Paul, Jon and Joe were up ahead. I stayed back with Pavan, gently encouraging him to pick of the pace. Upon arriving at the trail junction to the Roaring Brook Trail, Paul immediately said he wanted to take the extra loop. The rest of the group agreed and calculating our pace, adding the extra mile would really put us close to the weather moving in and darkness. I agreed as I also would like to see a different trail.
The group continued down. To put our pace into perspective, we came to ladder steps. It was not that steep and would normally take 10 seconds to descend. I reviewed my GoPro footage and we spent nearly two minutes on these steps. Brutally slow.
Not long after the trail junction, I noticed Pavan struggling. He was getting agitated by the flies swatting them obnoxiously and yelling “Fucking flies, fuck, fuck, fuck…” At one point, he sat down and nearly fell over. I knew he was exhausted and I suspected very “hangry”. I forced him to eat a couple of bars and Paul gave him a sugary fruit rope.
I made the comment that if you keep moving, the flies will not bother you as much, hoping to keep the party moving. Pavan proceeded to sprint down the mountain. I quickly yelled for him to stop and knew something else was wrong. I asked Pavan “How many times have you peed?” He replied saying he hadn’t. I peed 3-4 times at this point, I knew he was dehydrated and possibly in trouble. I made him drink his remaining water bottle and then made him another bottle mixed with electrolytes. The combination of food and water seemed to perk Pavan up. He got his legs back and actually stayed with the front of the group.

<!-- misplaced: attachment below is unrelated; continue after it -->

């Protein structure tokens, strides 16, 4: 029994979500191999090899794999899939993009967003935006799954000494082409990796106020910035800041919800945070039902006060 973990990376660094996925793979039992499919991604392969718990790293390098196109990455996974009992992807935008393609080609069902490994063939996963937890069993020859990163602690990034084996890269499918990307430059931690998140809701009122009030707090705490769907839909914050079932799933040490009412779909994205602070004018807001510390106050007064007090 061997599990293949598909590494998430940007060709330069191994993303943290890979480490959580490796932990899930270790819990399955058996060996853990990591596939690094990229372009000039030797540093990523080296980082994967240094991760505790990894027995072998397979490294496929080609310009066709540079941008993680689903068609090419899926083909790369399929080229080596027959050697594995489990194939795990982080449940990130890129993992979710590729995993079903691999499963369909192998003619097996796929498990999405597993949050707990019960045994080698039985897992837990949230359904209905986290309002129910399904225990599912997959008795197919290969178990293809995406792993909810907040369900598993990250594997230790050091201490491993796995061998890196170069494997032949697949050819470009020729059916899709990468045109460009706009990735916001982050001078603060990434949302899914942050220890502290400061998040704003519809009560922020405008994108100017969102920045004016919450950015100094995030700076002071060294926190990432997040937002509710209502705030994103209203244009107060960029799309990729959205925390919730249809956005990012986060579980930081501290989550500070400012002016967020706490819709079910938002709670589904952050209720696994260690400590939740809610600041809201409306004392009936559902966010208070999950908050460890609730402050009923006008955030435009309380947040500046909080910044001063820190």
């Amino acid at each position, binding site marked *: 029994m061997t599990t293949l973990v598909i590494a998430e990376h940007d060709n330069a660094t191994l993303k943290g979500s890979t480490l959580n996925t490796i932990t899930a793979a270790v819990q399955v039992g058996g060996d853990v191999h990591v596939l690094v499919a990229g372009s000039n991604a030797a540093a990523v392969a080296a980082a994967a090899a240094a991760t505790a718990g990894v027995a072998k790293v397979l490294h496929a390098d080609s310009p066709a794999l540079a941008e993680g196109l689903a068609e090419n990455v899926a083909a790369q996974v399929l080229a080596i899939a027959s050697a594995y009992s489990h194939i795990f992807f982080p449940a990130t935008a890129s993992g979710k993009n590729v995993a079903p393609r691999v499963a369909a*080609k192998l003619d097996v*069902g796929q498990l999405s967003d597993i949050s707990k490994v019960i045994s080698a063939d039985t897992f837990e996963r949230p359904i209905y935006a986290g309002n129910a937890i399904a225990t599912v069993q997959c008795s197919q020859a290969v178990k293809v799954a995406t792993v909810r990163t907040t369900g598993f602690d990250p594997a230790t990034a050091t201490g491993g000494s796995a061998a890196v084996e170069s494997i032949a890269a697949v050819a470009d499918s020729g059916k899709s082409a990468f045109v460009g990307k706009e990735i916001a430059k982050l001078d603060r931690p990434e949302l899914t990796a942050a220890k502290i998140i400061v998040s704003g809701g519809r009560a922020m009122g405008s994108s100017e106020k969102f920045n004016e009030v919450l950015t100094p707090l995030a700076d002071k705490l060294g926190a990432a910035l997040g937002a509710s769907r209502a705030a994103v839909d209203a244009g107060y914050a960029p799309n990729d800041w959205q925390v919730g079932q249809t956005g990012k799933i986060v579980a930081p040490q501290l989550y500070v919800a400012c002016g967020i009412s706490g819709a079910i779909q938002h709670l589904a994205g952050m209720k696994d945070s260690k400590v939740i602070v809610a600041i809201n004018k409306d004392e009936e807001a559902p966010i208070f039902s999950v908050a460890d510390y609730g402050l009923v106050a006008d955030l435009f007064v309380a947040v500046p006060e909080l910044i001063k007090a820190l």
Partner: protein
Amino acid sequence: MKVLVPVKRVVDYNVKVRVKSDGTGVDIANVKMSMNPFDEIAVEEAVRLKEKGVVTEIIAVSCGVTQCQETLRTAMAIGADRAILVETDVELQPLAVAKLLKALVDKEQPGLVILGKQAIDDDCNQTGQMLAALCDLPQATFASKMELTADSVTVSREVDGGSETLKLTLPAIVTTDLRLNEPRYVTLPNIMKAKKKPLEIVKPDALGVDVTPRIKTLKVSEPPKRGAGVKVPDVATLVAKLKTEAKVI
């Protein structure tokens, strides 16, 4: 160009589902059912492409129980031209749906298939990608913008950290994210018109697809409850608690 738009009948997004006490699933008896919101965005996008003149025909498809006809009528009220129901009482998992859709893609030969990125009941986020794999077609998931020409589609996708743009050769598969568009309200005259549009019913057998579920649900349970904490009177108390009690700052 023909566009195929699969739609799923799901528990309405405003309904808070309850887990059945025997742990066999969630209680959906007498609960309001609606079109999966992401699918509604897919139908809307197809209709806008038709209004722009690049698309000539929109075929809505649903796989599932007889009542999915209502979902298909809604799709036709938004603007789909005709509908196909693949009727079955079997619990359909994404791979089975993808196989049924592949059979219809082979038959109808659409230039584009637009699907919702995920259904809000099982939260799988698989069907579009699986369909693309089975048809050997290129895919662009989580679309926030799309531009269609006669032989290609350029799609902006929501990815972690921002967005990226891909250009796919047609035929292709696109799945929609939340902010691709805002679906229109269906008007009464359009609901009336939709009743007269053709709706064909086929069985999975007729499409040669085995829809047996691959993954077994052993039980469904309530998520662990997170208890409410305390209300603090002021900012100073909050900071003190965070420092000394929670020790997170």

The Roaring Brook trail was different from the trail up Giant. It was in a dense, very moist forest. We arrived at the Roaring Brook which provided us with a nice small waterfall. After taking pictures, the trail started to gain elevation back to the Washbowl. This time Paul screeched to a halt. He was walking up the incline like a mountaineer climbing Everest, slowly putting one foot in front of the other and stopping for breath every three or four steps. Paul needed some perking up and encouragement. I had seen him eating regularly and even saw him pee a few times. I did not think he was in a state like Pavan, but knew he was spent physically. We got some sugary food into him and some electrolytes. He pressed on and made it past the elevation.